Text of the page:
Wednesday April 18, 2012
Jere Gettle, who started the Baker Creek Heirloom Seeds company, first conceived the idea at the age of 17! We had the pleasure of hearing about his youth growing up on a farm where his family grew all their own vegetables and the joy he still experiences each spring when the first plants set fruit. Starting with a paper catalog as a teenager his company has grown through his hard work and love for the environment. Not unlike Heirloom Meals - Jere now fuses modern with traditional ways - using Facebook and other social media to connect and educate people about Heirloom Seeds. Listen in to hear Jere demystify some of the questions about seed saving and explain how his seeds are different from the ones sold at big box stores and buy his book The Heirloom Life Gardener: The Baker Creek Way of Growing Your Own Food Easily and Naturally for more detail about heirloom varieties. Join us as we go down Food Memory Lane with Jere Gettle, founder of Baker Creek Heirloom Seeds.
Wednesday April 11, 2012
Imagine spending the summer of your youth on your grandparent's farm in the Catskills of Upstate New York. Kathy Mangan doesn't have to. She had one of those amazing, magical opportunities to view first hand how food is grown and foraged. Everything was sustainable. If you wanted a pie, you went out and picked something to put in the pie. All the kids worked together and were expected to do their share. This created a lifelong bond of amazing memories of the wonderful big meals that her Irish grandmother made, including her Irish Soda Bread.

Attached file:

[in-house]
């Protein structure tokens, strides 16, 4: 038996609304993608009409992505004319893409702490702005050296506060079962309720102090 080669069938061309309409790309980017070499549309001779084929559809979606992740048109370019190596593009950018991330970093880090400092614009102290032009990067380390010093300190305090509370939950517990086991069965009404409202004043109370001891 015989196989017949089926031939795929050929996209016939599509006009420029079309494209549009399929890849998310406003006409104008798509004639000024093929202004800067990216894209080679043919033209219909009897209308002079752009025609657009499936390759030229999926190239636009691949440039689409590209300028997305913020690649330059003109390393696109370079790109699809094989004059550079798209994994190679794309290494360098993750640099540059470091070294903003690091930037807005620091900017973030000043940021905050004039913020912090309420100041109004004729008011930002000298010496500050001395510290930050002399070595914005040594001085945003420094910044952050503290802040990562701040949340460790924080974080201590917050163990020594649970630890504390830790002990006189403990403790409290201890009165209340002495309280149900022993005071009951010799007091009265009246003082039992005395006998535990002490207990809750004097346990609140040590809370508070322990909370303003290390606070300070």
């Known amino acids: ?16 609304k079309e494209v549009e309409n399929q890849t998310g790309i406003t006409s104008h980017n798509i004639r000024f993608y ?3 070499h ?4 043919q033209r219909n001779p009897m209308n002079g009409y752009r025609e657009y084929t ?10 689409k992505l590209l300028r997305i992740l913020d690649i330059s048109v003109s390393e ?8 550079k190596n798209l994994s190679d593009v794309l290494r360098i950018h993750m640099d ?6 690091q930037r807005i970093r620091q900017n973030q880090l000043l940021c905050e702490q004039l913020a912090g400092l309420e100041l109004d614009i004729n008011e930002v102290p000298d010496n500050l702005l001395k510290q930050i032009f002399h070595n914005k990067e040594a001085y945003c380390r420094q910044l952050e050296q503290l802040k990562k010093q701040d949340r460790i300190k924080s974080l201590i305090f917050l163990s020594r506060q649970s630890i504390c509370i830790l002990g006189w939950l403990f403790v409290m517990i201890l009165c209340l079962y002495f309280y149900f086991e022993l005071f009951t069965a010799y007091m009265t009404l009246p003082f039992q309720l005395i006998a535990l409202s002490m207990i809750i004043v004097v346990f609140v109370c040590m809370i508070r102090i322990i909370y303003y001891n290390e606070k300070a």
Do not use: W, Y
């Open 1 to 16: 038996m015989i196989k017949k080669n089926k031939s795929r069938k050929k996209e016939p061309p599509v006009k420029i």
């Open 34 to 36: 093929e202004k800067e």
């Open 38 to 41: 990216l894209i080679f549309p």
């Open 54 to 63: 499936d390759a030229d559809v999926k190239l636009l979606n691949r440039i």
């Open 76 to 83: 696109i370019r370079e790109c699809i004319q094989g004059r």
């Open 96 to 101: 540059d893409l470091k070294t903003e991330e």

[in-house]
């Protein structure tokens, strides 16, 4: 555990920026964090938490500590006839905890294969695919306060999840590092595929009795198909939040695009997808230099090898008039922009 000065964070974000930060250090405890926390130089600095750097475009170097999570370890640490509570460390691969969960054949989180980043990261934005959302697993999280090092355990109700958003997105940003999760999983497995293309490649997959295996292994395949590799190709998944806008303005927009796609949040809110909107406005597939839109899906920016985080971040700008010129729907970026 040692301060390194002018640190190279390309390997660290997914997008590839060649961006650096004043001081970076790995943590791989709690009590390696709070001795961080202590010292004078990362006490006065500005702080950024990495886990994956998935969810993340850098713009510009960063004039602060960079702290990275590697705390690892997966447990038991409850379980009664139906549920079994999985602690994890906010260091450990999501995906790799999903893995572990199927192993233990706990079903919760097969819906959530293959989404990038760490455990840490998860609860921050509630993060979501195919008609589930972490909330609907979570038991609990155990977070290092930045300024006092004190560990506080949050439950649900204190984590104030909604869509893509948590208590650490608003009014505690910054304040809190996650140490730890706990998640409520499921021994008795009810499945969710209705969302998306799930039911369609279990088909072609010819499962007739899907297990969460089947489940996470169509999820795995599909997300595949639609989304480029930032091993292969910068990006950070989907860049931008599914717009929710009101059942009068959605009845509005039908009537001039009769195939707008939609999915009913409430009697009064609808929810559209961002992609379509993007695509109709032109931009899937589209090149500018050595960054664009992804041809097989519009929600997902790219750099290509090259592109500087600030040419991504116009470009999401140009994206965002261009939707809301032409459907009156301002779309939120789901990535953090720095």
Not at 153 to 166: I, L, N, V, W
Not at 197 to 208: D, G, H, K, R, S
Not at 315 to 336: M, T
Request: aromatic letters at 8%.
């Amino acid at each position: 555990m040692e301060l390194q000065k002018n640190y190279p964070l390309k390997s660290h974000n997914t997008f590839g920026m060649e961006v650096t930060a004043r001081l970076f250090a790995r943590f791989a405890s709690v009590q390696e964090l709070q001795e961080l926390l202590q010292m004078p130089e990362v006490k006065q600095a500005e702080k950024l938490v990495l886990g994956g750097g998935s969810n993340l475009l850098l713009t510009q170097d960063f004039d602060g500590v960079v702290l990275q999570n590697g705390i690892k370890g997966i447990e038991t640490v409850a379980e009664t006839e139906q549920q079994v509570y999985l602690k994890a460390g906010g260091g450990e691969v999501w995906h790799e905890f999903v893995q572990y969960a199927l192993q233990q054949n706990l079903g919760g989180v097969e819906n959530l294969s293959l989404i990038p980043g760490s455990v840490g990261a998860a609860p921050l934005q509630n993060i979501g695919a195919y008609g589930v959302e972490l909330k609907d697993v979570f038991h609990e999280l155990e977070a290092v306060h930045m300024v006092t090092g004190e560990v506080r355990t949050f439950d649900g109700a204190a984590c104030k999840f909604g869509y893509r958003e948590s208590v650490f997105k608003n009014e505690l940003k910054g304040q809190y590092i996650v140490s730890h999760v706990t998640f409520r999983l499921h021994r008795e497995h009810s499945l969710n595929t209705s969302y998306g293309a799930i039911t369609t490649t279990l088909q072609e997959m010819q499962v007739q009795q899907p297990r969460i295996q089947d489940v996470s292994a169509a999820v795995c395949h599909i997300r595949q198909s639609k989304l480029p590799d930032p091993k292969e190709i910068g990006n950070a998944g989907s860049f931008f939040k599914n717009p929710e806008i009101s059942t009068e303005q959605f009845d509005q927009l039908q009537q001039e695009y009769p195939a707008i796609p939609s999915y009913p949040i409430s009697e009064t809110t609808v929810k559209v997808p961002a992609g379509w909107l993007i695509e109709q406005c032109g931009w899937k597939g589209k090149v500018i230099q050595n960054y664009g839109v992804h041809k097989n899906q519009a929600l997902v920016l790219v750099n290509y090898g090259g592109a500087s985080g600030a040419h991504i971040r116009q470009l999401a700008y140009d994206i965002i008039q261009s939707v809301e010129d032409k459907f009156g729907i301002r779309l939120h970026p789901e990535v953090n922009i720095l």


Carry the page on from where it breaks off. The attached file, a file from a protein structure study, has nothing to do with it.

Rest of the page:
Kathy has been on the quest to recreate her grandmother's soda bread. So listen up and hear how Kathy travels to Ireland and learns how to truly make the bread that transports her to her childhood.
Wednesday March 07, 2012
Michael Wang despite growing up in the restaurant business, confessed that he didn’t have any interest, actually, until he sampled other careers and found himself drawn to it. With an MBA and a business plan in hand, he launched his popular chinese sandwich shop in the financial district of Boston - Foumami. Michael tells a great story about how he came up with the name. It is actually the combination of 2 words. Fo means Buddha and Umami means delicious and tasty. Michael shares the tale of the Buddha that jumps over the wall and breaks his vows just to find the delicious food he smelled. And, one can deduce that Foumami would have that effect on a practicing monk!
What I found most intriguing about Michael’s restaurant is that it is a sandwich shop. I confess that I don’t think of “chinese” and “sandwich” in the same sentence. Michael suggested that most Americans have only experienced a small fraction of Chinese foods and that the Shandong Province is famous for their dumplings, noodles and breads. Enjoy the interview here!
Although it's not a recipe for one of Foumami's famous sandwiches, Michael shared with us a recipe for his Soba Noodle Soup!
Wednesday February 29, 2012
Imagine growing up in a family business that was founded upon your grandmother's horseradish sauce? Dominic Biggi can. He recounts that his grandmother, Rose Biggi sold her sauce out of necessity - during the Great Depression to feed her family. Tune it and hear how Beaverton Foods, a three generations old gourmet condiment company invented honey mustard and is the largest producer of non-refrigerated horseradish and specialty mustards in the United States.
This is a true Heirloom Meals story - generational connections, old-fashioned values and a family recipe.
Listen to the radio show here!